One in three people fail the British Citizenship test that is required in order to settle in this country.
Across England 125,925 tests were taken in 2016, with 36% of people failing.
Passing the citizenship test, also known as the "Life in the UK" test, is one of the criteria for becoming a British citizen or settling in the UK.
You must also have spent a certain period of time in the country, pass an English language test, and not have any criminal convictions.
The test was taken far fewer times in England in 2016 than it was in 2015, when it was taken 164,702 times.
36% of people in England failed the test
The Life in the UK test
The Life in the UK tests has 24 questions that must be completed within 45 minutes and the applicant needs to get at least 75% of questions right to pass.
The test includes questions on a range of aspects of British culture and history.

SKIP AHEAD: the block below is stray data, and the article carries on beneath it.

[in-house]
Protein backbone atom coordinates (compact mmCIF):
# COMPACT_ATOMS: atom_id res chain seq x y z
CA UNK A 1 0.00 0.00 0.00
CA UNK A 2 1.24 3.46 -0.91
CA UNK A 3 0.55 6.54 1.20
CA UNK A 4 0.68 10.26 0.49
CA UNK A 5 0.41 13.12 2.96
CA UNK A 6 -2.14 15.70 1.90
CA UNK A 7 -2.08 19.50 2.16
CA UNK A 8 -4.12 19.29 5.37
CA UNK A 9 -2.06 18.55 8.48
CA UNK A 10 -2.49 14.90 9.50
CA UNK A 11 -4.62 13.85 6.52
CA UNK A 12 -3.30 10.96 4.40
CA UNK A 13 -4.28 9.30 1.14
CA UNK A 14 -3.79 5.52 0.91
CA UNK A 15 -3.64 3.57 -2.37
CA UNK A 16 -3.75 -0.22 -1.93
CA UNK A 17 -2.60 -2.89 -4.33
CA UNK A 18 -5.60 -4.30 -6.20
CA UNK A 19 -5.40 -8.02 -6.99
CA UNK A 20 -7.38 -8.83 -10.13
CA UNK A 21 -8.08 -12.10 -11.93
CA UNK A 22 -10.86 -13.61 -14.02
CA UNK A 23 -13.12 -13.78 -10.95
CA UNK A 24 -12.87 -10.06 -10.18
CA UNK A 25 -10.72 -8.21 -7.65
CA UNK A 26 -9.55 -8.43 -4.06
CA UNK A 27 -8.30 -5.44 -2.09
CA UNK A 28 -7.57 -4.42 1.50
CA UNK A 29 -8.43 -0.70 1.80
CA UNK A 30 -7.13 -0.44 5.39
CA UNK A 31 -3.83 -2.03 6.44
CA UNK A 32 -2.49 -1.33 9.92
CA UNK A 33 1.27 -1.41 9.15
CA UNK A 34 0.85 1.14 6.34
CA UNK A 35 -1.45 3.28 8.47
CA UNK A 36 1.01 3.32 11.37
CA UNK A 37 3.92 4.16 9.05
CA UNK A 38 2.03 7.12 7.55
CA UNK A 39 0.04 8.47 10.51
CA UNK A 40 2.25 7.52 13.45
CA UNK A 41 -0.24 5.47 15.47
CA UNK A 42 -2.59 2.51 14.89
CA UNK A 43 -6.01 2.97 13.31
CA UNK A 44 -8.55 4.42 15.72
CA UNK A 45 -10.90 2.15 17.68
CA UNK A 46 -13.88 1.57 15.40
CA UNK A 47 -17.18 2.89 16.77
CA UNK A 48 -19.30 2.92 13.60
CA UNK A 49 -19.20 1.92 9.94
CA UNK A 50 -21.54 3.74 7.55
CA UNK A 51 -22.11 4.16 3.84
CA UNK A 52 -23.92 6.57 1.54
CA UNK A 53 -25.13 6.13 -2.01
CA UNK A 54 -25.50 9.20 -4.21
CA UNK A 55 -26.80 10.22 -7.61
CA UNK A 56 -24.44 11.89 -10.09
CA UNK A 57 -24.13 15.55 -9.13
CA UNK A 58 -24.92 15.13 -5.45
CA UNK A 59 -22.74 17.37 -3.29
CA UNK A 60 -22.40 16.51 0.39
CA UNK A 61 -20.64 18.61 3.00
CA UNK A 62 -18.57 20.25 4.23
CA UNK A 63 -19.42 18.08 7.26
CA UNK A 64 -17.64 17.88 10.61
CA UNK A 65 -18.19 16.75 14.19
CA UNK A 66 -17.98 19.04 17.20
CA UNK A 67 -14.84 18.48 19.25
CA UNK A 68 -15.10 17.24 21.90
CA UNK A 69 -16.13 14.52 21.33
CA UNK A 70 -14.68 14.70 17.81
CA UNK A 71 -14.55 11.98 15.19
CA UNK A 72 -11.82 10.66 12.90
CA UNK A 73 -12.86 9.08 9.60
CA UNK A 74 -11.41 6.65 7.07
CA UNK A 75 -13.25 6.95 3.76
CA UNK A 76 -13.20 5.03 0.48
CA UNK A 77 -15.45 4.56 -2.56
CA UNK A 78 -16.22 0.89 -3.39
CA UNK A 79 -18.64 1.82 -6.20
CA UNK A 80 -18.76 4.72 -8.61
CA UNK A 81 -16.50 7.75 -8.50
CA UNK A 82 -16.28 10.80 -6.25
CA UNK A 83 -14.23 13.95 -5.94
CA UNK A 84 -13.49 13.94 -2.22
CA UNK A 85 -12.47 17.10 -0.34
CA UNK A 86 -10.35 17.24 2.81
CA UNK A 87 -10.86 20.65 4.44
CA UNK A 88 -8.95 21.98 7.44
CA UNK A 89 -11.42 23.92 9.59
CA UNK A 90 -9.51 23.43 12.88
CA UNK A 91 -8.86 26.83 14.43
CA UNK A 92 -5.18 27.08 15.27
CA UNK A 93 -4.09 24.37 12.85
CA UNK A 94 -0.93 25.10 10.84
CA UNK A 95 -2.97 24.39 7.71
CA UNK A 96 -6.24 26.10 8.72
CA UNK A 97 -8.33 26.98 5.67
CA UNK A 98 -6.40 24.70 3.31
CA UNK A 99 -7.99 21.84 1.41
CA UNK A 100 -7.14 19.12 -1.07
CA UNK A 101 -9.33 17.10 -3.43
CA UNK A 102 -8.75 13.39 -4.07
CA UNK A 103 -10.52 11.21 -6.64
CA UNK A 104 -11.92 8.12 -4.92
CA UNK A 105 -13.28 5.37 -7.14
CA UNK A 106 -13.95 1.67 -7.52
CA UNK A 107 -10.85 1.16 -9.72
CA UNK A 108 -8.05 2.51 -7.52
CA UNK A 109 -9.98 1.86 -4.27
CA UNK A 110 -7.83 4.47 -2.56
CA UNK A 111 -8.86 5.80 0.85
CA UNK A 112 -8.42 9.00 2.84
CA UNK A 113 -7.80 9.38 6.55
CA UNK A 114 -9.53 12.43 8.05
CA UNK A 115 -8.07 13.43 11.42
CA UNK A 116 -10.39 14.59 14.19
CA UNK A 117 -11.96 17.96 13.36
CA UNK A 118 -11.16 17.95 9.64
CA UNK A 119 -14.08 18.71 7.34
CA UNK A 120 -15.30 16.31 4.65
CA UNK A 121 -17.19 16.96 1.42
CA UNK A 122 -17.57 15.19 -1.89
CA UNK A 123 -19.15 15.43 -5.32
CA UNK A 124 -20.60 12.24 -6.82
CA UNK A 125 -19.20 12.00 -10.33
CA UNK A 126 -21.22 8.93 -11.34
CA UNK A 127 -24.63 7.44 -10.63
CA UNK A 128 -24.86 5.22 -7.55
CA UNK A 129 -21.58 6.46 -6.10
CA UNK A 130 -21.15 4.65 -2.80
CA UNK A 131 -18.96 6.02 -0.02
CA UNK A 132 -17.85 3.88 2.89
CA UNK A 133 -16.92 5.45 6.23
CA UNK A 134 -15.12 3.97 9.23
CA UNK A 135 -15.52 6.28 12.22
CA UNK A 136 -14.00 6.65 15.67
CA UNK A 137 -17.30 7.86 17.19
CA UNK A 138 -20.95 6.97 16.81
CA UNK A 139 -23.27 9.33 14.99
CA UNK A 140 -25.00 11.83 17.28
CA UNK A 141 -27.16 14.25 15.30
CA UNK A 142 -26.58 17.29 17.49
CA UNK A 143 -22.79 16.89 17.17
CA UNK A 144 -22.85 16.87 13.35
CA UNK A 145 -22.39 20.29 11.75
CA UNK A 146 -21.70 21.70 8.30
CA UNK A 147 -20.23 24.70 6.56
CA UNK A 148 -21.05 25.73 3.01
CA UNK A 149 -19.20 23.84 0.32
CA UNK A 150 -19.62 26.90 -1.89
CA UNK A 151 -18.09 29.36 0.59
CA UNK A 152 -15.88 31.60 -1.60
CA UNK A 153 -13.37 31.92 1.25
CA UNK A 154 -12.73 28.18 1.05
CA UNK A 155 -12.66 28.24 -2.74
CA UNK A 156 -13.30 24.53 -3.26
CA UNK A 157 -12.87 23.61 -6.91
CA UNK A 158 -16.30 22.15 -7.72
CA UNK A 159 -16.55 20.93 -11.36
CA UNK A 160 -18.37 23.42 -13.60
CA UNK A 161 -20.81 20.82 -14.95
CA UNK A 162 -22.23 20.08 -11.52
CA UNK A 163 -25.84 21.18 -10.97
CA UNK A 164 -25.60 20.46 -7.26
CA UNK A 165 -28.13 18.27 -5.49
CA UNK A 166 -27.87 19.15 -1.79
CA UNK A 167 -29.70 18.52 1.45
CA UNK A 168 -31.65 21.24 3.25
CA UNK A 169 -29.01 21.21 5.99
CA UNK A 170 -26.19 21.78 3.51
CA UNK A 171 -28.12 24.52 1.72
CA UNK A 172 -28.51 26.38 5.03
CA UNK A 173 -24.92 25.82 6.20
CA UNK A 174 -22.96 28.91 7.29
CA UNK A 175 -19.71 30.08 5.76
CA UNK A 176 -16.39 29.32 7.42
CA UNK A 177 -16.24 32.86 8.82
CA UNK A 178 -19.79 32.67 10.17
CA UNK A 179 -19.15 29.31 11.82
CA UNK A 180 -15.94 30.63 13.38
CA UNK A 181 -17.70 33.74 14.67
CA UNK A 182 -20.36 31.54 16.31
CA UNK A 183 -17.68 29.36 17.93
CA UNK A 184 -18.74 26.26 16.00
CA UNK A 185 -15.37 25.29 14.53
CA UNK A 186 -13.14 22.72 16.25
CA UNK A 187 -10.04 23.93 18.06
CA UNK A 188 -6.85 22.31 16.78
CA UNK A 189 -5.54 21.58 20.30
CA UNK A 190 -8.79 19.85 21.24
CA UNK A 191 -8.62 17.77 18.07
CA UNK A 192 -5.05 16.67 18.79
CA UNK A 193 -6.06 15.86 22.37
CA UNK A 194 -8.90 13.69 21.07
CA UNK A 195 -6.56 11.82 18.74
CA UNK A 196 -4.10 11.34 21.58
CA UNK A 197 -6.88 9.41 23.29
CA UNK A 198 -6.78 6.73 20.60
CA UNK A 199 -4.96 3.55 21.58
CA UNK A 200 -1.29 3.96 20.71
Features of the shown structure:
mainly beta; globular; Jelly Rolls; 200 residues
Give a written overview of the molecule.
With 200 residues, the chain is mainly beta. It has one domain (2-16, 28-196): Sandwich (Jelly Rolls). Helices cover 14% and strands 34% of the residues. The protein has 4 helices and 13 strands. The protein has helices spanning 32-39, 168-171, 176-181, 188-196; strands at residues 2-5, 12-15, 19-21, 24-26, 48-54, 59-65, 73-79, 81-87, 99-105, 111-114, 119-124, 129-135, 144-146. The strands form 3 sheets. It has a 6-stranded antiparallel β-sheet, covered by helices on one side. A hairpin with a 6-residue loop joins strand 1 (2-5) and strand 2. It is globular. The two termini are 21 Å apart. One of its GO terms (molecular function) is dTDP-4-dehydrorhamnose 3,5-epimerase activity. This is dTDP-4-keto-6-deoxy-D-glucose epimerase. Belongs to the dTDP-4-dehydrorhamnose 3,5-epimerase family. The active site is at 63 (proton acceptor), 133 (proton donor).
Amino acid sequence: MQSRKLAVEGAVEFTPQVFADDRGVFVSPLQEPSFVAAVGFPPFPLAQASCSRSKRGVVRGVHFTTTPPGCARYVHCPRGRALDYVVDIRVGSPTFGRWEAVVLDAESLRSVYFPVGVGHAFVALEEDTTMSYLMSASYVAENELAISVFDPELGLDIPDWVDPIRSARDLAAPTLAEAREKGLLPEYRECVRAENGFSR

People who failed can take the test over and over again but each attempt to pass the test costs £50.
A detail from the uniform of a Border Force officer on the new Border Force cutter HMC Protector
Oldham had one of the lower scores
Figures obtained by the Manchester Evening News found that across the North West 44% of people failed in 2016 compared to 46% in 2015.
In Oldham in 2016, 330 people out of 552 failed the test (60%).
Bolton saw the second highest percentage failing in Greater Manchester. Of the 690 who took the test there, 374 (54%) failed to make the grade.
Bury was next, with 45% of people failing out of the 227 who took the test. People in Trafford did best. Only 123 out of 375 people failed, or roughly a third.
A certificate of British naturalisation
Would you pass the citizenship test? Take our quiz here to find out. Remember, you need 75% to pass, or 18 correct answers.